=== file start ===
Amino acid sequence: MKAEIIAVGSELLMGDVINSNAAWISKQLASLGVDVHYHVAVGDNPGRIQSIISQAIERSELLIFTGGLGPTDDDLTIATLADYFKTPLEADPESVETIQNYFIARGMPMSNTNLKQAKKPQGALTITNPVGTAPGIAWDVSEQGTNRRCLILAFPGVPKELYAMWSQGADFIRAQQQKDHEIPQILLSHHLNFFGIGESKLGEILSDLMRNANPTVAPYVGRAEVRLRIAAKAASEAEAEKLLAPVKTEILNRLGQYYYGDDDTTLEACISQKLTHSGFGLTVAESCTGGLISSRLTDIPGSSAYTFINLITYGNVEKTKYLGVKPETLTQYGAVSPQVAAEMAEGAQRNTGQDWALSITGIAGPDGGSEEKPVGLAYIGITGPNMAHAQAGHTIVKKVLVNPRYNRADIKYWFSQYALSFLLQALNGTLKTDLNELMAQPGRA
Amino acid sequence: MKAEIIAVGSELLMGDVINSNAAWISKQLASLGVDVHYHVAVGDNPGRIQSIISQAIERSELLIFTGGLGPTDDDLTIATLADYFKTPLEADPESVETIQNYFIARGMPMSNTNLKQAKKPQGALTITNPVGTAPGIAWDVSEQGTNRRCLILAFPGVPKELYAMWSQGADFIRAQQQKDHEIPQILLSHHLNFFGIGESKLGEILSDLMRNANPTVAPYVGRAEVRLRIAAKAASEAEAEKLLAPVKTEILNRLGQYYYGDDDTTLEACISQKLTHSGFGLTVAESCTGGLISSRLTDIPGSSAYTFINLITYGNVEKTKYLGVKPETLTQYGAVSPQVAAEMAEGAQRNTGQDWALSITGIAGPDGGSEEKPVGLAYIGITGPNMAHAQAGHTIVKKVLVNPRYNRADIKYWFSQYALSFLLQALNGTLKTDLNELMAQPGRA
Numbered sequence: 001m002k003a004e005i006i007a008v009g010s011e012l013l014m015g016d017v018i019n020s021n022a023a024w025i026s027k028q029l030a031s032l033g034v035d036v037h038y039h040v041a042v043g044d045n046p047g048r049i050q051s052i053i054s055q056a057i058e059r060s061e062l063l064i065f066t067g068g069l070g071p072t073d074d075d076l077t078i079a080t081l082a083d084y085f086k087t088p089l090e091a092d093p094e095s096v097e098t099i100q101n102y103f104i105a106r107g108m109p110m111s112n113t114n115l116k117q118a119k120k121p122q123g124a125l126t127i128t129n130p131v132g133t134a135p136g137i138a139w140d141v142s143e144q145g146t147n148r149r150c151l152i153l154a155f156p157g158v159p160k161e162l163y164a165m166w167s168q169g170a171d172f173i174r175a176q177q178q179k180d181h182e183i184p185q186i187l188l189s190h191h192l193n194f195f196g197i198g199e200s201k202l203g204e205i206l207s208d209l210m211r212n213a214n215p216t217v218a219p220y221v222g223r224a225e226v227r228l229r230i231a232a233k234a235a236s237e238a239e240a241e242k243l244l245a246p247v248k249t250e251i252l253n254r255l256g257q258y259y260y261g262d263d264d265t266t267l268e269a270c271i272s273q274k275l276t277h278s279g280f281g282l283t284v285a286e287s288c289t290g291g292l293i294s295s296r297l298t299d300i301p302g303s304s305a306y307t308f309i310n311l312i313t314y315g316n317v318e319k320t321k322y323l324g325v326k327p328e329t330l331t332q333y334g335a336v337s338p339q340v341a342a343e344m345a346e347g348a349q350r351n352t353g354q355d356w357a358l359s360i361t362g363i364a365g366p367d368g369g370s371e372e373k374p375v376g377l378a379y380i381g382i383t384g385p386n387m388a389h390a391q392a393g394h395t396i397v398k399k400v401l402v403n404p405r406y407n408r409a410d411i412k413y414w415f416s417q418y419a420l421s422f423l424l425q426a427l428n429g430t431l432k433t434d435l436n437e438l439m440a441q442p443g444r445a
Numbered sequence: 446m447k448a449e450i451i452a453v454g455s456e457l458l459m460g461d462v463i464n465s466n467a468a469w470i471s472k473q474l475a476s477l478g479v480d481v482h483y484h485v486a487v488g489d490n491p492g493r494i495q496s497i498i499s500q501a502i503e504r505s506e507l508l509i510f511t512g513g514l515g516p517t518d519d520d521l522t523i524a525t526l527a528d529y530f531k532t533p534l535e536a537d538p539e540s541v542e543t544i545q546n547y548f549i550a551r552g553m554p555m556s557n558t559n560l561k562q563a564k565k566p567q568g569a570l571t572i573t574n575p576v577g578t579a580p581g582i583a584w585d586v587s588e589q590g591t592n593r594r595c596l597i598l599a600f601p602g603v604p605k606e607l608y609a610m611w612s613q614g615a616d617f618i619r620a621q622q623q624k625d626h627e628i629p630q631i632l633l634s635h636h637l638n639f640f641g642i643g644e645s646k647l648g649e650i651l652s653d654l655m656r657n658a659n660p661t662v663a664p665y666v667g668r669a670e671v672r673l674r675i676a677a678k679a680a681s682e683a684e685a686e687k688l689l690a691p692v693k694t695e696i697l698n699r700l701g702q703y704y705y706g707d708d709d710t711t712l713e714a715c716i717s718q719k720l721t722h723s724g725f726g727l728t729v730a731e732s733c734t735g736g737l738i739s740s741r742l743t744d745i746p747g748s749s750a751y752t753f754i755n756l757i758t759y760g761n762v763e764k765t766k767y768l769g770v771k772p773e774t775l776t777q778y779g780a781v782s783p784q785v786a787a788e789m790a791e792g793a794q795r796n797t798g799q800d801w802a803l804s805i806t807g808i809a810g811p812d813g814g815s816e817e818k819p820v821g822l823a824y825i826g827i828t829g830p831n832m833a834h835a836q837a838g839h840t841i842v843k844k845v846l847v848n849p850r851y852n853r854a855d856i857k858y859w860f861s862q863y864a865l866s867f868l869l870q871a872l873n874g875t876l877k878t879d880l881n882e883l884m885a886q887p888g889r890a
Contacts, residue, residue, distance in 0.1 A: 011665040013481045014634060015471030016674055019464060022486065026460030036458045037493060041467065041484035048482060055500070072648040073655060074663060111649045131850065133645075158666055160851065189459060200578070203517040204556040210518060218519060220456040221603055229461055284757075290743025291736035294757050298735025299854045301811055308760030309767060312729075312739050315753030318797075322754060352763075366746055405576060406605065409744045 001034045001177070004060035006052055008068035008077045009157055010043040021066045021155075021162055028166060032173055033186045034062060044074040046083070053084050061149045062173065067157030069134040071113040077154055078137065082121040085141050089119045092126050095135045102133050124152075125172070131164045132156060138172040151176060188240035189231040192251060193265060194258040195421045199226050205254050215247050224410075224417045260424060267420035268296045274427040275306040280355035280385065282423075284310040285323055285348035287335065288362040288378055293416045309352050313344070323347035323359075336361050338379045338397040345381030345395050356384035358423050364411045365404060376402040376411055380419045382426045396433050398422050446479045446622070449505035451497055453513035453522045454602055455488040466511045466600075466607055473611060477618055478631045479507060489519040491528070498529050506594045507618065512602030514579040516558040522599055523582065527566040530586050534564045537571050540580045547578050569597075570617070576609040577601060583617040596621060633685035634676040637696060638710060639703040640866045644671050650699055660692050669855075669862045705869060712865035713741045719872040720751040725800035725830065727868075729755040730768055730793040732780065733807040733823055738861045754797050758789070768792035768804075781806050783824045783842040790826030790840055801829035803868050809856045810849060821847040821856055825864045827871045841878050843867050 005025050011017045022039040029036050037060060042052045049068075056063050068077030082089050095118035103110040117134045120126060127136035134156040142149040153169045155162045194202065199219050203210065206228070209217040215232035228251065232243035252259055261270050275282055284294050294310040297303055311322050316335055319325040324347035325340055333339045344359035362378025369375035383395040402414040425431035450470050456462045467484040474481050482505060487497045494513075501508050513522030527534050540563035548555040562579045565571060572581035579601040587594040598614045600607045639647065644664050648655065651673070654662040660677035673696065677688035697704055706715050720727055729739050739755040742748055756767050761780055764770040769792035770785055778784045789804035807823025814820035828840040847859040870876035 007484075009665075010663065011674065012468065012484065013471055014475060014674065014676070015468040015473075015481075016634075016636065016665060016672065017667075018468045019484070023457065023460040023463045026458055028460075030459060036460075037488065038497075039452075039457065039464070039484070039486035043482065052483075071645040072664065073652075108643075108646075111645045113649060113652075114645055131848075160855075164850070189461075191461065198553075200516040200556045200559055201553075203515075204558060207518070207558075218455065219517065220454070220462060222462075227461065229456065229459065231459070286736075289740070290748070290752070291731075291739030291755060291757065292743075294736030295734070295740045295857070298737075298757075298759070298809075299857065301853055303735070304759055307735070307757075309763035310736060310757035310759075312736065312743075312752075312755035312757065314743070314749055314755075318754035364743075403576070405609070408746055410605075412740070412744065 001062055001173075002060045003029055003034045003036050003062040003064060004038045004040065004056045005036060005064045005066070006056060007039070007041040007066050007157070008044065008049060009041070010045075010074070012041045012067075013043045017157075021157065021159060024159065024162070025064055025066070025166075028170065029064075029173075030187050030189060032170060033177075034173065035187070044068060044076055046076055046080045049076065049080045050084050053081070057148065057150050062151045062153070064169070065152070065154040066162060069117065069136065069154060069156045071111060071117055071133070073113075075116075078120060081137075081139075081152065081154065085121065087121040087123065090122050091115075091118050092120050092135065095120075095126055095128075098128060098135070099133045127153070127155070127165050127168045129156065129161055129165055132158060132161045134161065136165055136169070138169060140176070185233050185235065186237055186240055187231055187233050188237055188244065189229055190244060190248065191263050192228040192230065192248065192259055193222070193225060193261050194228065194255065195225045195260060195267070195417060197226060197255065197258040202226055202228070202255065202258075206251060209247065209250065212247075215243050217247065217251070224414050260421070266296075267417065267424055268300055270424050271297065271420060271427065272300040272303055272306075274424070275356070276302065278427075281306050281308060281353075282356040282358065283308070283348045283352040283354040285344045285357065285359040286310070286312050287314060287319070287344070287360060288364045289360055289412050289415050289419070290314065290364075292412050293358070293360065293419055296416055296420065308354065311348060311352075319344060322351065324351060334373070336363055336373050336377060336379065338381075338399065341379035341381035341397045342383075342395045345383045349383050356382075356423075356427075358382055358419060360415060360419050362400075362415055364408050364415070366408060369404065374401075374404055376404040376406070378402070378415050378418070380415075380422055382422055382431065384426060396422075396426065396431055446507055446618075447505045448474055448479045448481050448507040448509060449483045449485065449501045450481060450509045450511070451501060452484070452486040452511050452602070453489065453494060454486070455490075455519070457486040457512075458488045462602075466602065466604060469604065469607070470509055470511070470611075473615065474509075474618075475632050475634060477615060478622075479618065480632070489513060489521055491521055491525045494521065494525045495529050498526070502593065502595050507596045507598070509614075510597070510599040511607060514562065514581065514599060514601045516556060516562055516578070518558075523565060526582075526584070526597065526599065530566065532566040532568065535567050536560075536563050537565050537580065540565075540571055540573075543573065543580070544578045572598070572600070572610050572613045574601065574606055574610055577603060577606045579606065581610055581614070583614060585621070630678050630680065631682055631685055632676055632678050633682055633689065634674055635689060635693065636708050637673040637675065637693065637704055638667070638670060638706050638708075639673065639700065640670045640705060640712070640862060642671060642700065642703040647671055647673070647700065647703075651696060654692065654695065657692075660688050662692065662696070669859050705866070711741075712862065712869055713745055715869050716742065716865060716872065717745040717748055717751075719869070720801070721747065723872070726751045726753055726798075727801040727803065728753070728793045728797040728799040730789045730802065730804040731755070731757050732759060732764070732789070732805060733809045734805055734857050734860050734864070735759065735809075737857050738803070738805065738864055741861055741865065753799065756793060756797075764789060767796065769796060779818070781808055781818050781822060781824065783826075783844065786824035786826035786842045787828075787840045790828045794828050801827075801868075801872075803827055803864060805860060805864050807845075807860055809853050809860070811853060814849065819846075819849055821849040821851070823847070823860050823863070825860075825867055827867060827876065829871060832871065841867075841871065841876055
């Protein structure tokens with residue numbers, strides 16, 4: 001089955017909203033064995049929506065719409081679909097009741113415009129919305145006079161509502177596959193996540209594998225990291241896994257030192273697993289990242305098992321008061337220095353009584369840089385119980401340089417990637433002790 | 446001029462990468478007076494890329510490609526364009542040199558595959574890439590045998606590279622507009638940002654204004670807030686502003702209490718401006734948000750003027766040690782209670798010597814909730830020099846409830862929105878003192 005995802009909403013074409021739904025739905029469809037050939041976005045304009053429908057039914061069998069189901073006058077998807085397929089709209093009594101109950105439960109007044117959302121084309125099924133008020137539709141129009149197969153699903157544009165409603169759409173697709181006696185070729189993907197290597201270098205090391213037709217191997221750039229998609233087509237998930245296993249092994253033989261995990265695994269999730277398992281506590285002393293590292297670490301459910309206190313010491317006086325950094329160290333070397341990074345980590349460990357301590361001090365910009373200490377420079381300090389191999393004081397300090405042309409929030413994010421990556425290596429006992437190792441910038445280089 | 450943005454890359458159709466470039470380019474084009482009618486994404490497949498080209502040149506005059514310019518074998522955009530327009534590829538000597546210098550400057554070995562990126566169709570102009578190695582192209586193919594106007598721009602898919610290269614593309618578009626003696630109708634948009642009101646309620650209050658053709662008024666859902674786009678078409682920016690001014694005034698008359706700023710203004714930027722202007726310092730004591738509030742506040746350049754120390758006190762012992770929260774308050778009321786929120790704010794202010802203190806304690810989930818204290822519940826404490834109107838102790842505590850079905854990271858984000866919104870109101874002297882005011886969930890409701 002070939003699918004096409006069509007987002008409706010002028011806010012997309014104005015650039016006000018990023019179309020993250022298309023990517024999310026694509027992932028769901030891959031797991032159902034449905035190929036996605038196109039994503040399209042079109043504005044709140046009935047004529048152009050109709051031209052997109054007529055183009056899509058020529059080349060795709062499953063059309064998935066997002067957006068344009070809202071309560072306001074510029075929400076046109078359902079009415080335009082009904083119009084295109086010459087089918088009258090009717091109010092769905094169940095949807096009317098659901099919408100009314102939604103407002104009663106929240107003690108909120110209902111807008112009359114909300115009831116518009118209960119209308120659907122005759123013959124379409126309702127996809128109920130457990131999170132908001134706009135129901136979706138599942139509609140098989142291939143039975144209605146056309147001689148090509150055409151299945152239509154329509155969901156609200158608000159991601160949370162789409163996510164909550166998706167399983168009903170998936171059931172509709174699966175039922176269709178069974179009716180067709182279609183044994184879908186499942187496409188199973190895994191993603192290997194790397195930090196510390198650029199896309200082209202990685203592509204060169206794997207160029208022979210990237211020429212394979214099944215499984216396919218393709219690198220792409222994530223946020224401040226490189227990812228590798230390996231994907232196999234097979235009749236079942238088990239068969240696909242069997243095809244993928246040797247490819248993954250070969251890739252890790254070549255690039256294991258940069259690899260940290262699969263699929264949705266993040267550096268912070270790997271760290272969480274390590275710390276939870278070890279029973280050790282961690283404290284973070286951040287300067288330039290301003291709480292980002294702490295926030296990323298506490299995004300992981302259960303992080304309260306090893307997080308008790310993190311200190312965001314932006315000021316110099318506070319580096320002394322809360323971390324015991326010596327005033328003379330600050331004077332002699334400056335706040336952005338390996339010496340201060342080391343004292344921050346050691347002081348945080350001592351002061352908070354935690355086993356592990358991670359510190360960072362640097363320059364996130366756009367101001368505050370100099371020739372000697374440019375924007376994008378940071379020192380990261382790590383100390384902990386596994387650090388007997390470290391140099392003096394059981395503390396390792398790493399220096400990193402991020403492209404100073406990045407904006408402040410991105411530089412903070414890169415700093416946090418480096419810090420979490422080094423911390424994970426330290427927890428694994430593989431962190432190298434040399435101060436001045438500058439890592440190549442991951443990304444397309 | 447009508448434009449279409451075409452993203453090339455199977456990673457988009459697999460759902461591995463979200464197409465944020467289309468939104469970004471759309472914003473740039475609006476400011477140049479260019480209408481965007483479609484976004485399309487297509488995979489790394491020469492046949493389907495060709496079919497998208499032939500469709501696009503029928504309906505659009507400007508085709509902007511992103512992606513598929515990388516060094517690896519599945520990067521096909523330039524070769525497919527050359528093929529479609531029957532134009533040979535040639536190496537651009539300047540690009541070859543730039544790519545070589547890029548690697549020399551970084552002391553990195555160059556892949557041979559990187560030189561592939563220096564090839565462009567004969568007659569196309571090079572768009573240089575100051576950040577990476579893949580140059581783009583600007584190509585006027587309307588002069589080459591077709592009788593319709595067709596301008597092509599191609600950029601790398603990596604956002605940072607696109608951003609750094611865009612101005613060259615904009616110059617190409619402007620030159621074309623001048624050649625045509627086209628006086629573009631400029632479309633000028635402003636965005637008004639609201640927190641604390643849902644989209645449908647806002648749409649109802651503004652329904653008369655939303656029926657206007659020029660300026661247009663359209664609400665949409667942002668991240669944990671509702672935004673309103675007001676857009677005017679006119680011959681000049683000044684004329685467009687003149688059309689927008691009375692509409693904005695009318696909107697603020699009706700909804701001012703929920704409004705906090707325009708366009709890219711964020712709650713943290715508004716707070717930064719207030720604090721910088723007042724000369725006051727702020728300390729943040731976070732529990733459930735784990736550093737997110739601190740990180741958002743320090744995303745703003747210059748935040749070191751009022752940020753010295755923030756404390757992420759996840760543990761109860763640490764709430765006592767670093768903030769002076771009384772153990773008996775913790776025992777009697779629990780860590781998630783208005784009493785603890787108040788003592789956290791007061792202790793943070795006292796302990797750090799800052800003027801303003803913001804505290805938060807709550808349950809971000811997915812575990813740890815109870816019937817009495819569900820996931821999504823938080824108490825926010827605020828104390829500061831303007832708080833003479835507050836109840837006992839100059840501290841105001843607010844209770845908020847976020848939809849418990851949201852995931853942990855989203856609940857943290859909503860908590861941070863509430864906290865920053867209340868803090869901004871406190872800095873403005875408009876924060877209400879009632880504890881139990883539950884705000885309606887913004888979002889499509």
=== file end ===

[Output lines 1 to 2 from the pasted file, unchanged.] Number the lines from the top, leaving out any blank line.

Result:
Amino acid sequence: MKAEIIAVGSELLMGDVINSNAAWISKQLASLGVDVHYHVAVGDNPGRIQSIISQAIERSELLIFTGGLGPTDDDLTIATLADYFKTPLEADPESVETIQNYFIARGMPMSNTNLKQAKKPQGALTITNPVGTAPGIAWDVSEQGTNRRCLILAFPGVPKELYAMWSQGADFIRAQQQKDHEIPQILLSHHLNFFGIGESKLGEILSDLMRNANPTVAPYVGRAEVRLRIAAKAASEAEAEKLLAPVKTEILNRLGQYYYGDDDTTLEACISQKLTHSGFGLTVAESCTGGLISSRLTDIPGSSAYTFINLITYGNVEKTKYLGVKPETLTQYGAVSPQVAAEMAEGAQRNTGQDWALSITGIAGPDGGSEEKPVGLAYIGITGPNMAHAQAGHTIVKKVLVNPRYNRADIKYWFSQYALSFLLQALNGTLKTDLNELMAQPGRA
Amino acid sequence: MKAEIIAVGSELLMGDVINSNAAWISKQLASLGVDVHYHVAVGDNPGRIQSIISQAIERSELLIFTGGLGPTDDDLTIATLADYFKTPLEADPESVETIQNYFIARGMPMSNTNLKQAKKPQGALTITNPVGTAPGIAWDVSEQGTNRRCLILAFPGVPKELYAMWSQGADFIRAQQQKDHEIPQILLSHHLNFFGIGESKLGEILSDLMRNANPTVAPYVGRAEVRLRIAAKAASEAEAEKLLAPVKTEILNRLGQYYYGDDDTTLEACISQKLTHSGFGLTVAESCTGGLISSRLTDIPGSSAYTFINLITYGNVEKTKYLGVKPETLTQYGAVSPQVAAEMAEGAQRNTGQDWALSITGIAGPDGGSEEKPVGLAYIGITGPNMAHAQAGHTIVKKVLVNPRYNRADIKYWFSQYALSFLLQALNGTLKTDLNELMAQPGRA